I am going to do a series on posts on each of the six main leads in the sitcom Friends where I will do a character case study on them. First I am going to look at the character whose crucial choice put the events of the story in motion: Rachel Green played by Jennifer Aniston. Mild spoilers for the first to ninth seasons and heavy spoilers for the last season.
The story starts when Rachel runs away from her own wedding and looks for Monica, a friend she’s fallen out with but she views her with respect because Monica has a largely settled life without assistance from her parents or a spouse. Rachel’s choice indicates that she wants to grow out of her protective shell and she’s ready to face lows if it means that she will have the hope of making out in the real world on her own. The choice makes it clear that her arc is going to be very heavily featured.
Rachel is an example of a trope being done right. The trope of a pampered girl who makes it on her own in the world had been done before Friends but the show’s writers do a great job of blending in her journey with her character. What I mean to say is that we find new aspects of her character while she faces trauma. Her exploits financially and overall in her lifestyle isn’t a graph going up. Her graph is unstable till the very end. There are many beats to her journey like becoming independent, getting a job, romantic failures and so on. Her character is so relatable because many aspects of her journey are shared by others. Her sisters and her mother serve as devices to give us a glimpse of Rachel’s life if she had never left Barry at their wedding.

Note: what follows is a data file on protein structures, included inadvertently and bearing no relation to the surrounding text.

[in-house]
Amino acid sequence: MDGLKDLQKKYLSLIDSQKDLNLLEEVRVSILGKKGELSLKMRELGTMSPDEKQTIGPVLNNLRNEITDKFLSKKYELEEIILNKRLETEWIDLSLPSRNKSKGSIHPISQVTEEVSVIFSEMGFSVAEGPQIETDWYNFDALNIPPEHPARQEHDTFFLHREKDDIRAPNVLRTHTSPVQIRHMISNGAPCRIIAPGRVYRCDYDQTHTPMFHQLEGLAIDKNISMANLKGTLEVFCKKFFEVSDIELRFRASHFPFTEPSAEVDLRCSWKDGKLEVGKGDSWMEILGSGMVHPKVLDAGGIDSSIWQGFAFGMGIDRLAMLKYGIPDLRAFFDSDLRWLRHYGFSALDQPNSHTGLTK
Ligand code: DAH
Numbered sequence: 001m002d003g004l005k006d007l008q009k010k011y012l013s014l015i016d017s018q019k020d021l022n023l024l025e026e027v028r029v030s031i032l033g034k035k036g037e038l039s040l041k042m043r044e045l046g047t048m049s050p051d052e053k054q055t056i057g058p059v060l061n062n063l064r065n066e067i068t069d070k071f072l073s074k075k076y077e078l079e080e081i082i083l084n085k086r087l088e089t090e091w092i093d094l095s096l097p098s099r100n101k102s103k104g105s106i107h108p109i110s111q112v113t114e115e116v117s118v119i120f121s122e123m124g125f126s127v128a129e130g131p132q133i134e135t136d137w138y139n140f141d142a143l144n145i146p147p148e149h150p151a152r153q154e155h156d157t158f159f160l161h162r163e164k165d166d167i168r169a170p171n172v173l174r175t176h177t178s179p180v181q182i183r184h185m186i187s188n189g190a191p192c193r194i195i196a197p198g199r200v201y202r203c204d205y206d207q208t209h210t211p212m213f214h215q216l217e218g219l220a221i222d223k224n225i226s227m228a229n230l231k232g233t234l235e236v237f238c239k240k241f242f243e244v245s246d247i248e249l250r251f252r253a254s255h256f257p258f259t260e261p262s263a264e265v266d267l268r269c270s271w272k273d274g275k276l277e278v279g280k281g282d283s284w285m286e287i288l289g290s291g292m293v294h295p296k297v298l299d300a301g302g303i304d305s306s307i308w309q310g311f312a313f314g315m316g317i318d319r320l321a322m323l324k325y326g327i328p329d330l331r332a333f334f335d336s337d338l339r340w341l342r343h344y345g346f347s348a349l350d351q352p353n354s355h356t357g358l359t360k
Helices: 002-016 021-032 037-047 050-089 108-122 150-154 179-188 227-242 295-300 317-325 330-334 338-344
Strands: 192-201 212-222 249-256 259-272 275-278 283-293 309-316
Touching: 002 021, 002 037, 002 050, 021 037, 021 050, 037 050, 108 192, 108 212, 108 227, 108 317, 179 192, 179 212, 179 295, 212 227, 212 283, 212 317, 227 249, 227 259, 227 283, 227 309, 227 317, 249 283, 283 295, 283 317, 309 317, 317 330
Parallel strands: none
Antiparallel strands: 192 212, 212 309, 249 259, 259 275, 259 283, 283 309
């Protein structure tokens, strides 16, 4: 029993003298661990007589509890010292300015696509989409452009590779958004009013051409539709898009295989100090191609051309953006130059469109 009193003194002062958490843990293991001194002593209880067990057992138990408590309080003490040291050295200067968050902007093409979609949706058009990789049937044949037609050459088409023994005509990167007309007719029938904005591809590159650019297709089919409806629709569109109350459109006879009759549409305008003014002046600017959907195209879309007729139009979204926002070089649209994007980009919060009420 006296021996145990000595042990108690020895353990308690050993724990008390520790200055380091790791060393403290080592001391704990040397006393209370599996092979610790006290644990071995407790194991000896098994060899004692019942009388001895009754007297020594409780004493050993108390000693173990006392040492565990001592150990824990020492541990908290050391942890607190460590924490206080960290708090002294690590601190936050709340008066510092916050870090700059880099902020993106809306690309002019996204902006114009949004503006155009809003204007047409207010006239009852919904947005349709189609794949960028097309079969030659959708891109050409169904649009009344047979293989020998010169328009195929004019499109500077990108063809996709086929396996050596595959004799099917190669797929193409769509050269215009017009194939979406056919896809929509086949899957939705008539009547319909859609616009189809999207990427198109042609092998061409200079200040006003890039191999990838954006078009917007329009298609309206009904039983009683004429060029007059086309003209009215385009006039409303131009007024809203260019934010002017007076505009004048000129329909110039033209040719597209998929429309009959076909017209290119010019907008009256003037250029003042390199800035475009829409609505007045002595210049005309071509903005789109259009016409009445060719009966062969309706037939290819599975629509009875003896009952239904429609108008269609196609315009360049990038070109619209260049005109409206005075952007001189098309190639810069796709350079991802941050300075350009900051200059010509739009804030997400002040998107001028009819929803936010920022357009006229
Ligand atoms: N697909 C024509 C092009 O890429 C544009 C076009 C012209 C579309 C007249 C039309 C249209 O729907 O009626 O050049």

Rachel’s choice in series finale irks many fans. She has to choose between staying in the States with Ross and her daughter or move to France to fulfill her career aspirations. Many fans don’t like that she chose to be with Ross to pursue a relationship with him. I find this a great character moment as it brings you full circle back to the pilot when Rachel has to choose what to do with her life. Rachel’s life has been about choices and while it may have irked others, what matters is that she is happy ad proud of the choices that she makes.
In the end, I would like to say that she is a great protagonist because at her very heart, she is a beacon of hope for everyone struggling to make an impact on the world.